Pecan pie is a favorite on many holiday tables. However, pecans are not safe for your pup. Like walnuts, they often contain mycotoxins and juglone, which could cause convulsions, seizures, and liver damage in dogs. Make sure your furry friend steers clear of these toxic nuts.


Pistachios are a delicious and nutritious human food – but they aren’t an ideal dog snack. While they aren’t considered toxic to dogs, pistachios can contain juglone, aspergillus mold, or mycotoxins that can cause liver failure when ingested.

Pistachios can also be a choking or blockage hazard, especially if your dog grabs and gobbles any with the shells still on. 


Like pecans, walnuts, and pistachios, hazelnuts are risky because they may contain mycotoxins and juglone. It’s best to avoid sharing this popular nut with your dog.

Macadamia nuts

These nuts are toxic to your dog, regardless of whether they’re raw or roasted. Scientists don’t know why the toxicity level exists (much like with raisins and grapes), but studies have proven that dogs should never have macadamia nuts. There is no safe amount of these nuts for your dog.

Macadamia poisoning may be present if your dog shows signs of back leg weakness, vomiting, diarrhea, and more serious gastrointestinal problems.

Hickory nuts

These nuts are not safe for your dog for the same reasons as pecans, walnuts, pistachios, and hazelnuts. They can carry mycotoxins or molds that can cause convulsions and seizures. 

Tips for safely feeding your dog nuts

Even when feeding your pup nuts on the “safe” list, it’s important to keep some best practices in mind:

  • Limit portion sizes. Nuts are a high-fat and high-calorie food, which could spell trouble for your pooch – and even put them at risk of developing obesity down the line. Sharing too many nuts from your mixed-nut snack bowl could cause your pup to have a terrible tummy ache. In extreme cases, it could even cause pancreatitis: inflammation of the pancreas that results from an overload of fats in your dog’s diet. Acute pancreatitis is severe and requires veterinary care.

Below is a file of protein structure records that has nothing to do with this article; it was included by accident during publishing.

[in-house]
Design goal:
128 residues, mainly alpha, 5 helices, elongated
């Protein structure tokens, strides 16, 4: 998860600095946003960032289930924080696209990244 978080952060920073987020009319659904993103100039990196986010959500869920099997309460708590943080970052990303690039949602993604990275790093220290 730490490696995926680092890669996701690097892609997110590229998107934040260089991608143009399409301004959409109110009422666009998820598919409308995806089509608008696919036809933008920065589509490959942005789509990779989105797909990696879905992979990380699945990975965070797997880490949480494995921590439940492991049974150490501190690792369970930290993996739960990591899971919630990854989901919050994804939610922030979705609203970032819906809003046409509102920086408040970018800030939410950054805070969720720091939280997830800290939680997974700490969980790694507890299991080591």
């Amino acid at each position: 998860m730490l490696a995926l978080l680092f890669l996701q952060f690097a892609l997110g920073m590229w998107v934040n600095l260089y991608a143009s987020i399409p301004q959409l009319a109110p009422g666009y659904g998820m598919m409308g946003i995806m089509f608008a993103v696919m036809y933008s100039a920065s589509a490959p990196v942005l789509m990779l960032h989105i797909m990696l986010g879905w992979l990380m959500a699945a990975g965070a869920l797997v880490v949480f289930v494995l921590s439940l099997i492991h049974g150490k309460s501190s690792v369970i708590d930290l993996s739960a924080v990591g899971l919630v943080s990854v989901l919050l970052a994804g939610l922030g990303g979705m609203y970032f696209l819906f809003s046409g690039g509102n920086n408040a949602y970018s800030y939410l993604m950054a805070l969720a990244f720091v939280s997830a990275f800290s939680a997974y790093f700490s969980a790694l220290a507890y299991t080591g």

• Look out for mold and fungus. All nuts run the risk of containing mold or fungus that can be toxic to your dog if ingested. This is especially true of raw nuts, so only offer your dog roasted or boiled nuts to be safe. Molds can also be present on old nuts – so that bag of nuts hiding in the back of your pantry is better thrown in the trash than offered as a treat for your dog.
  • Skip the seasonings. Many nuts are sprinkled with salts, spices, and sweeteners. These aren’t good nutritional options for your pooch, since dogs can’t process seasonings or salts; ingesting too much could cause salt toxicity or a bad tummy ache.
  • Avoid nutshells. Nutshells are never a good idea. They aren’t digestible and pose choking and blockage hazards. Their hard shells can also have sharp edges that may cause perforations in their intestinal tract, requiring emergency surgery.

If you can’t resist those puppy-dog eyes pleading up at your bowl of nuts, try feeding your fur baby unsalted, cooked, or roasted nuts. They’re the safest options for dogs.

How many nuts can my dog eat?